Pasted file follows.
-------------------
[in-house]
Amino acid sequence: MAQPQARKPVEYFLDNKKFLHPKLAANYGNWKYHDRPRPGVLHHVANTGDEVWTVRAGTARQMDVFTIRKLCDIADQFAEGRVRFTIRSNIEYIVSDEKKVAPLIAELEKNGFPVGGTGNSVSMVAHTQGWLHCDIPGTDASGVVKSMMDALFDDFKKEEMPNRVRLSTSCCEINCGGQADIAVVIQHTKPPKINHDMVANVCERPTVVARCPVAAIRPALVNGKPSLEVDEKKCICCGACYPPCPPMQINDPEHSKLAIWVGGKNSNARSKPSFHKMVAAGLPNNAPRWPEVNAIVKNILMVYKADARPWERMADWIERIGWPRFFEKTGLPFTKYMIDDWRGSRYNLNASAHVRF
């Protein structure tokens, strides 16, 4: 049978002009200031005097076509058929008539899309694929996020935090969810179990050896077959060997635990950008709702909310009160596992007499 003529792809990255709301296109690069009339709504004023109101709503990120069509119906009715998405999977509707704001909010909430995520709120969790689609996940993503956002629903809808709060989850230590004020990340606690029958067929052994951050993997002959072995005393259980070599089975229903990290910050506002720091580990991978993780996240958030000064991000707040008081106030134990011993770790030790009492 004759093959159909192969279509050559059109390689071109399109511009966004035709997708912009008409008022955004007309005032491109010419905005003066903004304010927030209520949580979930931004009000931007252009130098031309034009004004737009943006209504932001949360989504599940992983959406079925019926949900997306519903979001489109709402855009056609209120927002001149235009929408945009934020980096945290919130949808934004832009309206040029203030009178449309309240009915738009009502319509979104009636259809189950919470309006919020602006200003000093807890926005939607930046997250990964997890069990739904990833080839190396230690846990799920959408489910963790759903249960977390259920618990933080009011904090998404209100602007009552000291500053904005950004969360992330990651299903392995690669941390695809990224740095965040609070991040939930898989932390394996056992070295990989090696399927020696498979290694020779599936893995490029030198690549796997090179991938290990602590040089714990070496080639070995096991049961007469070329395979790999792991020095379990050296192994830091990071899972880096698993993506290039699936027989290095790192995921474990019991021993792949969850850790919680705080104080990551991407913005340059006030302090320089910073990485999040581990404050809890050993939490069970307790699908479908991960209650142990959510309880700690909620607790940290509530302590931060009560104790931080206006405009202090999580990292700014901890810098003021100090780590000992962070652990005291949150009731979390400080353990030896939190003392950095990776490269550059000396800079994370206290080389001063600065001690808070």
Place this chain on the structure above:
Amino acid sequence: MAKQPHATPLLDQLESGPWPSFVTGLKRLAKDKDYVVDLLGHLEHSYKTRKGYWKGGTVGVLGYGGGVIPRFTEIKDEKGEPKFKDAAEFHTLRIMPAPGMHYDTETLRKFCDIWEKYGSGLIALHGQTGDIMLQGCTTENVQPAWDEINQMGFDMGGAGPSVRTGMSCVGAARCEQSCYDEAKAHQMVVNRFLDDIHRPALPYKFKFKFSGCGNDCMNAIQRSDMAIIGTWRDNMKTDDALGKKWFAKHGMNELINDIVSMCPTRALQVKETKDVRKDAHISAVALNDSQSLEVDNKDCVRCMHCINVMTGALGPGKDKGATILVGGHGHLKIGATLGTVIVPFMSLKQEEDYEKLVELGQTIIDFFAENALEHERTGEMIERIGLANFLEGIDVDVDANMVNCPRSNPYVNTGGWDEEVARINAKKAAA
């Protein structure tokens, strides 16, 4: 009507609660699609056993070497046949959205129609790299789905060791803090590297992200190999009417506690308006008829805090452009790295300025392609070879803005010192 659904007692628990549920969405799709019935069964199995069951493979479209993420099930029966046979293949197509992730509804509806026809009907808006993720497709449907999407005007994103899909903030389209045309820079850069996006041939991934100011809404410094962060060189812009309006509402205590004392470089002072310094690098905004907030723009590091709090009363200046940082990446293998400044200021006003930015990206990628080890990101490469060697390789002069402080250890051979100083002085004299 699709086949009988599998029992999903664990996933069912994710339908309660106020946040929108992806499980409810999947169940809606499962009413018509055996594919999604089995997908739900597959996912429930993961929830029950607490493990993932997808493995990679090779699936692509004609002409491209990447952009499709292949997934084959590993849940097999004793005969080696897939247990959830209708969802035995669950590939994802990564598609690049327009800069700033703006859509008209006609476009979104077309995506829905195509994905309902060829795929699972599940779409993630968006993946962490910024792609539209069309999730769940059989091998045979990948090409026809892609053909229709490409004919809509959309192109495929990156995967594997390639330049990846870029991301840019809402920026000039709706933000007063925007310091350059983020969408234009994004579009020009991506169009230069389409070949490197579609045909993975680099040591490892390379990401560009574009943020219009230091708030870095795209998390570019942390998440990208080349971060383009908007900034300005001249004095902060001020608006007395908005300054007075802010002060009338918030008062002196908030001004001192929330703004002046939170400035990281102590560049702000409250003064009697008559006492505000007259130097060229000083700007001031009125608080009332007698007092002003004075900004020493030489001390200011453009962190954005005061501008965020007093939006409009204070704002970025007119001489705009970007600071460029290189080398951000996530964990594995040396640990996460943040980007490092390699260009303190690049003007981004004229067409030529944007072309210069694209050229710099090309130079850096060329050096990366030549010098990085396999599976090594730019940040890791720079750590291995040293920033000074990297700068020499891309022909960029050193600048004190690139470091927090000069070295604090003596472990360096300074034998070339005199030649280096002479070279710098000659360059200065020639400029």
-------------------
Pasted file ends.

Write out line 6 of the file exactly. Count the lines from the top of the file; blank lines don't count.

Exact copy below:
């Protein structure tokens, strides 16, 4: 009507609660699609056993070497046949959205129609790299789905060791803090590297992200190999009417506690308006008829805090452009790295300025392609070879803005010192 659904007692628990549920969405799709019935069964199995069951493979479209993420099930029966046979293949197509992730509804509806026809009907808006993720497709449907999407005007994103899909903030389209045309820079850069996006041939991934100011809404410094962060060189812009309006509402205590004392470089002072310094690098905004907030723009590091709090009363200046940082990446293998400044200021006003930015990206990628080890990101490469060697390789002069402080250890051979100083002085004299 699709086949009988599998029992999903664990996933069912994710339908309660106020946040929108992806499980409810999947169940809606499962009413018509055996594919999604089995997908739900597959996912429930993961929830029950607490493990993932997808493995990679090779699936692509004609002409491209990447952009499709292949997934084959590993849940097999004793005969080696897939247990959830209708969802035995669950590939994802990564598609690049327009800069700033703006859509008209006609476009979104077309995506829905195509994905309902060829795929699972599940779409993630968006993946962490910024792609539209069309999730769940059989091998045979990948090409026809892609053909229709490409004919809509959309192109495929990156995967594997390639330049990846870029991301840019809402920026000039709706933000007063925007310091350059983020969408234009994004579009020009991506169009230069389409070949490197579609045909993975680099040591490892390379990401560009574009943020219009230091708030870095795209998390570019942390998440990208080349971060383009908007900034300005001249004095902060001020608006007395908005300054007075802010002060009338918030008062002196908030001004001192929330703004002046939170400035990281102590560049702000409250003064009697008559006492505000007259130097060229000083700007001031009125608080009332007698007092002003004075900004020493030489001390200011453009962190954005005061501008965020007093939006409009204070704002970025007119001489705009970007600071460029290189080398951000996530964990594995040396640990996460943040980007490092390699260009303190690049003007981004004229067409030529944007072309210069694209050229710099090309130079850096060329050096990366030549010098990085396999599976090594730019940040890791720079750590291995040293920033000074990297700068020499891309022909960029050193600048004190690139470091927090000069070295604090003596472990360096300074034998070339005199030649280096002479070279710098000659360059200065020639400029």